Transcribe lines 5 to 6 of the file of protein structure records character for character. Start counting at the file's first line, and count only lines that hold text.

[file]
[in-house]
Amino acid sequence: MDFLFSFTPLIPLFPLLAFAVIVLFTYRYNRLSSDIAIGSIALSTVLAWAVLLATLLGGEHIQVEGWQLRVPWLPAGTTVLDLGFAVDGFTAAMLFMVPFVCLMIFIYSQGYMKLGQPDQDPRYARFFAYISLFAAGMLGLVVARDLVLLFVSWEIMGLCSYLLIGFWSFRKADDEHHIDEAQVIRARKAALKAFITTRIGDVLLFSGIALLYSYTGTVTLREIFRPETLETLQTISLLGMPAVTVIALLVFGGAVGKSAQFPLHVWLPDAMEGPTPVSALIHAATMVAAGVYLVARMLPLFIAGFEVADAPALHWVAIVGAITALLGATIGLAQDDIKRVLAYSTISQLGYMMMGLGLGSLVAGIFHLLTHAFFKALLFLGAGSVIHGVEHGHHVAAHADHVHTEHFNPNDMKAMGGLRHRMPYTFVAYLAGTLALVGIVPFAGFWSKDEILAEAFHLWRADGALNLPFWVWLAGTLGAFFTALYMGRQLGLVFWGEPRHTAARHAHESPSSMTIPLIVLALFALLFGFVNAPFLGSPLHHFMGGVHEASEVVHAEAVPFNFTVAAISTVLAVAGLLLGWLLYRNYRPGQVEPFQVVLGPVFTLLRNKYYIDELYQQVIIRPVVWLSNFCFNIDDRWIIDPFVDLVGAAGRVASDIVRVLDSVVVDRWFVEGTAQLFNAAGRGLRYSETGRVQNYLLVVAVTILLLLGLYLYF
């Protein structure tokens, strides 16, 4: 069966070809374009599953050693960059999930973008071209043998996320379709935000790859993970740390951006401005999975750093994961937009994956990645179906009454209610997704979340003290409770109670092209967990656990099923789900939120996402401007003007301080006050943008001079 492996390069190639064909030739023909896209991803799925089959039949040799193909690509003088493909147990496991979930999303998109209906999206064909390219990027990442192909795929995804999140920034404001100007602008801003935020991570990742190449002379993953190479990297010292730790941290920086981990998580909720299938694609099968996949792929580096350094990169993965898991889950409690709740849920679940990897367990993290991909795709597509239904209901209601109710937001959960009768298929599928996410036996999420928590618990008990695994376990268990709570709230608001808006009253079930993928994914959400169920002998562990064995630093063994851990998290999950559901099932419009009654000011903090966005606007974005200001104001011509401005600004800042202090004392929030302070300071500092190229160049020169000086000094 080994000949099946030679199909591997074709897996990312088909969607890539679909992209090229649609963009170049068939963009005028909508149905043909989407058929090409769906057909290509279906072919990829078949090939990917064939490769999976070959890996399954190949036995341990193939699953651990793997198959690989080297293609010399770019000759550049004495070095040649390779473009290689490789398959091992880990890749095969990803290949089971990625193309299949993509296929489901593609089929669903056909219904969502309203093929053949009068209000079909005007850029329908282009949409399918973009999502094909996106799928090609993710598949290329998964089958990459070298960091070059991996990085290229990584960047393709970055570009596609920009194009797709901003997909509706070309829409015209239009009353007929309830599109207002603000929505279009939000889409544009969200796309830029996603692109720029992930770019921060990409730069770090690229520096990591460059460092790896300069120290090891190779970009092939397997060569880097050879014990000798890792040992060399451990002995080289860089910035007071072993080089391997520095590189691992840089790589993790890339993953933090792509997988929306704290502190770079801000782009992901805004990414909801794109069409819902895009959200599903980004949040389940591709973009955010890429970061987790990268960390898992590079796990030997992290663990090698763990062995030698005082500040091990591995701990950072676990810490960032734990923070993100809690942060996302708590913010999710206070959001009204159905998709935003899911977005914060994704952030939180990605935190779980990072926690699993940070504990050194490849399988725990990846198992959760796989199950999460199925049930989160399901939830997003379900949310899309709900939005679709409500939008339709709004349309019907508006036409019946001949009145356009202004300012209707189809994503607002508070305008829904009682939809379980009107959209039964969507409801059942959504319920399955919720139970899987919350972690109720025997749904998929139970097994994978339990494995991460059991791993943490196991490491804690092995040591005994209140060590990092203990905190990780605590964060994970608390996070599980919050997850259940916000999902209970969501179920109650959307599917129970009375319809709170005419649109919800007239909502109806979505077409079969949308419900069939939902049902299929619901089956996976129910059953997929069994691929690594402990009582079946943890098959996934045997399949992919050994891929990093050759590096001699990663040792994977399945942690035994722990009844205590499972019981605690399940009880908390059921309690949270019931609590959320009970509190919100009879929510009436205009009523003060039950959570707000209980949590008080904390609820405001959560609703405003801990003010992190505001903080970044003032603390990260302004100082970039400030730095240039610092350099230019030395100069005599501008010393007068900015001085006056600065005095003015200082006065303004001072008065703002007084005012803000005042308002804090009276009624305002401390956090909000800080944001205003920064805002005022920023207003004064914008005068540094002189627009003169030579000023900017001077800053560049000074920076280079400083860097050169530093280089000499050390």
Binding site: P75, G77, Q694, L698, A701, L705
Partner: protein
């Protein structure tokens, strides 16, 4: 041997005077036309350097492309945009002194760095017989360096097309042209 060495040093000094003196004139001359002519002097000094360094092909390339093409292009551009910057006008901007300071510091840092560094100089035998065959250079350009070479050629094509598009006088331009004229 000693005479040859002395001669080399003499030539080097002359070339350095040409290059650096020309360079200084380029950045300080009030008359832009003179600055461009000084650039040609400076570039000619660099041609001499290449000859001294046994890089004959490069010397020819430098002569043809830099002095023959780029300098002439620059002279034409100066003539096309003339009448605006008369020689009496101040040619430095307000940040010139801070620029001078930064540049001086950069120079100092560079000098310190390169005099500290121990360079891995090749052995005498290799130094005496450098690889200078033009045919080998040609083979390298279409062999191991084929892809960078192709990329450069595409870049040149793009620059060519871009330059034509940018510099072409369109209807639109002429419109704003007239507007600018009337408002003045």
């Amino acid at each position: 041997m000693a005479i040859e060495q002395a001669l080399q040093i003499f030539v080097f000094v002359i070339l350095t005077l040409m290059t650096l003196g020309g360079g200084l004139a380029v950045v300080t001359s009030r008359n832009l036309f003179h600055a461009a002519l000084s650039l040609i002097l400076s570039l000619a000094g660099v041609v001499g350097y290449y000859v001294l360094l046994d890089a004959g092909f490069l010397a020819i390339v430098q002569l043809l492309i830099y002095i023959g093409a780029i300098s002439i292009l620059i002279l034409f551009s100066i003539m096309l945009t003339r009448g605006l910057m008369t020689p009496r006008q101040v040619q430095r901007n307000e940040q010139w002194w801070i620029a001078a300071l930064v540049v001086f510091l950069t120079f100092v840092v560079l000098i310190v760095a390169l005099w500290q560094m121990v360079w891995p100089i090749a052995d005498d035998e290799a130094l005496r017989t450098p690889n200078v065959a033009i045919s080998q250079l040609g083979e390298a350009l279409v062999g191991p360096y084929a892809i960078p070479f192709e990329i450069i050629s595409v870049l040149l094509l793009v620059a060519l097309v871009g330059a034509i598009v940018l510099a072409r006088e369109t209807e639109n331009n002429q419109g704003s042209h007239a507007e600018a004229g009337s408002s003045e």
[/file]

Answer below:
Partner: protein
């Protein structure tokens, strides 16, 4: 041997005077036309350097492309945009002194760095017989360096097309042209 060495040093000094003196004139001359002519002097000094360094092909390339093409292009551009910057006008901007300071510091840092560094100089035998065959250079350009070479050629094509598009006088331009004229 000693005479040859002395001669080399003499030539080097002359070339350095040409290059650096020309360079200084380029950045300080009030008359832009003179600055461009000084650039040609400076570039000619660099041609001499290449000859001294046994890089004959490069010397020819430098002569043809830099002095023959780029300098002439620059002279034409100066003539096309003339009448605006008369020689009496101040040619430095307000940040010139801070620029001078930064540049001086950069120079100092560079000098310190390169005099500290121990360079891995090749052995005498290799130094005496450098690889200078033009045919080998040609083979390298279409062999191991084929892809960078192709990329450069595409870049040149793009620059060519871009330059034509940018510099072409369109209807639109002429419109704003007239507007600018009337408002003045």